Serge Bennathan's Contes Cruels overflows with emotional energy

Submit to FacebookSubmit to Google PlusSubmit to TwitterSubmit to LinkedIn

Contes Cruels | Les Productions Figlio | Firehall Arts Centre | May 23 – 26, 2018

Love and death: two absolutes represented beautifully through poetry and dance in Contes Cruels. Choreographer Serge Bennathan shares the stage with Josh Martin, Hilary Maxwell, Molly McDermott, and Katie Lowen in this deeply introspective exploration of the sweeping themes of love and death.

The piece begins with Bennathan greeting the audience and reciting a Dylan Thomas poem. The other dancers join him and they stand in a line across the stage, slowing moving their gaze from right to left. The movement of their eyes is so slow it’s almost imperceptible. It’s a powerful moment that sets the tone for the rest of the piece.

The group of four dancers is synchronized at first, lunging and spinning in fluid arcs around the space. Meanwhile Bennathan recites poetry that talks of “faint possibilities of love” and says that “death is a silent scream.” The dancers break out into two simultaneous duets, each pair propelled by each other’s force.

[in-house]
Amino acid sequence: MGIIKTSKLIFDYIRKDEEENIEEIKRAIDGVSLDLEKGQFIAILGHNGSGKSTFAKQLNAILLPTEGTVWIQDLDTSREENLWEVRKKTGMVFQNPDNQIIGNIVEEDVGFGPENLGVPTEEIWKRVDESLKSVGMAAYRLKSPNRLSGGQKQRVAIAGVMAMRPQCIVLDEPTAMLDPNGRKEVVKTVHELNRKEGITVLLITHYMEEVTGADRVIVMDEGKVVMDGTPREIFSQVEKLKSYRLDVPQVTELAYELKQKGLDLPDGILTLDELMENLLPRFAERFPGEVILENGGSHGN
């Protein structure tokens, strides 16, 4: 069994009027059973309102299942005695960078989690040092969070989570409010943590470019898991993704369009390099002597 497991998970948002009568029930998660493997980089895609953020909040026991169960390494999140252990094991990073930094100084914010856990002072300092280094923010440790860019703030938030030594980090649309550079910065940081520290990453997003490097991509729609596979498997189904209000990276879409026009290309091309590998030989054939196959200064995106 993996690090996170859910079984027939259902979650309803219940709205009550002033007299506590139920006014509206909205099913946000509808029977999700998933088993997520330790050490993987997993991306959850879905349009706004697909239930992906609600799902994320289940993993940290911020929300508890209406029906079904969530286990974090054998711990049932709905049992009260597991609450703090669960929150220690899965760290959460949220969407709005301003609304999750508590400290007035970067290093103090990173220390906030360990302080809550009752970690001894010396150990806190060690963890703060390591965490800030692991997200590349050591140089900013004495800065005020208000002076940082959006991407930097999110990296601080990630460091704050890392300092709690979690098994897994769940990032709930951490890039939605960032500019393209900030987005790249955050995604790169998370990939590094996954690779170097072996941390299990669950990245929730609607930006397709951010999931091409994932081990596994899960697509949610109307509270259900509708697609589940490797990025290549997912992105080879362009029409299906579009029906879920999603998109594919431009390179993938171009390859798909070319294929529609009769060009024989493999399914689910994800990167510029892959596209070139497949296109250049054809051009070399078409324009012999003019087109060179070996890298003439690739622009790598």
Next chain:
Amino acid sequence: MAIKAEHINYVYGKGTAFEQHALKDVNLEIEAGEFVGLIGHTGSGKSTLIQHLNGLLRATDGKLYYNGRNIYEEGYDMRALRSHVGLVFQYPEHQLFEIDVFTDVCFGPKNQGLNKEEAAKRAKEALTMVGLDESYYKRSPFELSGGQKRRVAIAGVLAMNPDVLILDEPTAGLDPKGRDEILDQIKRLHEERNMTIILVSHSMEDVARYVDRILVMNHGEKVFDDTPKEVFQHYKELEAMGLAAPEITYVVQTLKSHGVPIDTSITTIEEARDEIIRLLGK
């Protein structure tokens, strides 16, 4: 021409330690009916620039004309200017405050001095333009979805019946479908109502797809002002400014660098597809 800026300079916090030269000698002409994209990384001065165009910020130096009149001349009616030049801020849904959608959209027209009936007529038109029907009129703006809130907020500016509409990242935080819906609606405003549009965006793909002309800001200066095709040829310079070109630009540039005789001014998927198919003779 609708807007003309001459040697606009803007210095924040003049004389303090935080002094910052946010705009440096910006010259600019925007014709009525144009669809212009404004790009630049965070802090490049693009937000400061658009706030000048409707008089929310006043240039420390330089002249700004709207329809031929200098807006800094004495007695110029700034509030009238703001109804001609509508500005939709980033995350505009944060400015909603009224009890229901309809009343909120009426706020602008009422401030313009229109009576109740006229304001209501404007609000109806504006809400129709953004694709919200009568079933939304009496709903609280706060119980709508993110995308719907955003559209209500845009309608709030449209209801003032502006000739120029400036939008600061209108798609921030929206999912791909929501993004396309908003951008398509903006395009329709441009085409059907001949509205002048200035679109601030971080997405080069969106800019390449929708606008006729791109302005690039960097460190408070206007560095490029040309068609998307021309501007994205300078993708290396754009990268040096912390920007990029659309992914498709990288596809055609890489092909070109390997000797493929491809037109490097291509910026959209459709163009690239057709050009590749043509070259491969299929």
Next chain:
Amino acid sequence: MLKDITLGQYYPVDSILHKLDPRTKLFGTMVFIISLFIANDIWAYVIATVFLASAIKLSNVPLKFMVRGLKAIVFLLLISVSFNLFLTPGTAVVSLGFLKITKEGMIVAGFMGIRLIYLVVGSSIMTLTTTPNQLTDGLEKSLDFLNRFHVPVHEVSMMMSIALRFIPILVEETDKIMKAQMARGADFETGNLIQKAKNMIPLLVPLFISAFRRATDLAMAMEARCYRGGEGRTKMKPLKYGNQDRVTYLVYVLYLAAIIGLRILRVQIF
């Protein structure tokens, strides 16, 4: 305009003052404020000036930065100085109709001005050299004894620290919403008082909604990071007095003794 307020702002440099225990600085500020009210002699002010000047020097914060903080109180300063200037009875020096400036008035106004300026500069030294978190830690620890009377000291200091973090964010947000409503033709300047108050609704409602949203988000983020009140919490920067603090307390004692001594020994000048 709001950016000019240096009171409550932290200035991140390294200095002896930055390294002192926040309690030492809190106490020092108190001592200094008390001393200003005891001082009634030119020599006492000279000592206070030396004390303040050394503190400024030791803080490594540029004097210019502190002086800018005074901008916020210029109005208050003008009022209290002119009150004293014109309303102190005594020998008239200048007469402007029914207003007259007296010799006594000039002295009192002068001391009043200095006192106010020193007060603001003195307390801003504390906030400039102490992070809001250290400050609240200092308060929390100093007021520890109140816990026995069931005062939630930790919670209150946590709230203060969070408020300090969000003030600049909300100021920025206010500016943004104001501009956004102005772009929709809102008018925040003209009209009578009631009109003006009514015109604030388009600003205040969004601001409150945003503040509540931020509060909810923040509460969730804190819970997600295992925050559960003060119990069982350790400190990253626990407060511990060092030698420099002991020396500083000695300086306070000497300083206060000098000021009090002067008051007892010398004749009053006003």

James Proudfoot’s low lighting, at times flickering and often illuminating only one part of the space, added considerably to the emotional texture of the work. Likewise, Bertrand Chenier’s musical composition set the mood as the dancers interpreted the words being read by Bennathan.

Grief also plays an important role in this piece as Martin suddenly screams out as if so frustrated he doesn’t know what to do with himself. There is an urgency to the work that is felt deeply, this is not a piece of choreography that is focused on virtuosic, acrobatic moves (although there are some physically impressive moments), but this work is driven by the emotions and themes in the literature that forms the backdrop of their movement. Along with the intense moments of grief are moments of tenderness such as Bennathan telling Martin, “You are loved.”

Although Bennathan was onstage throughout the piece, he only joined the dancers briefly and for the most part acted as a vocal backdrop and director. He explained during the talkback that the piece was influenced by a few life experiences including having cancer a few years ago and facing the idea of death as well as losing his twin brother when he was five years old. Although Bennathan said he doesn’t have a desire to perform again as a dancer, he is interested in using his voice in his work and he also takes pleasure in being in the same space with the dancers. The main goal for this piece, he said, was to have a very bare stage and only the artists and their energy filling it. He succeeded as the stage was brimming with emotional energy that definitely spilled over into the audience.

Submit to FacebookSubmit to Google PlusSubmit to TwitterSubmit to LinkedIn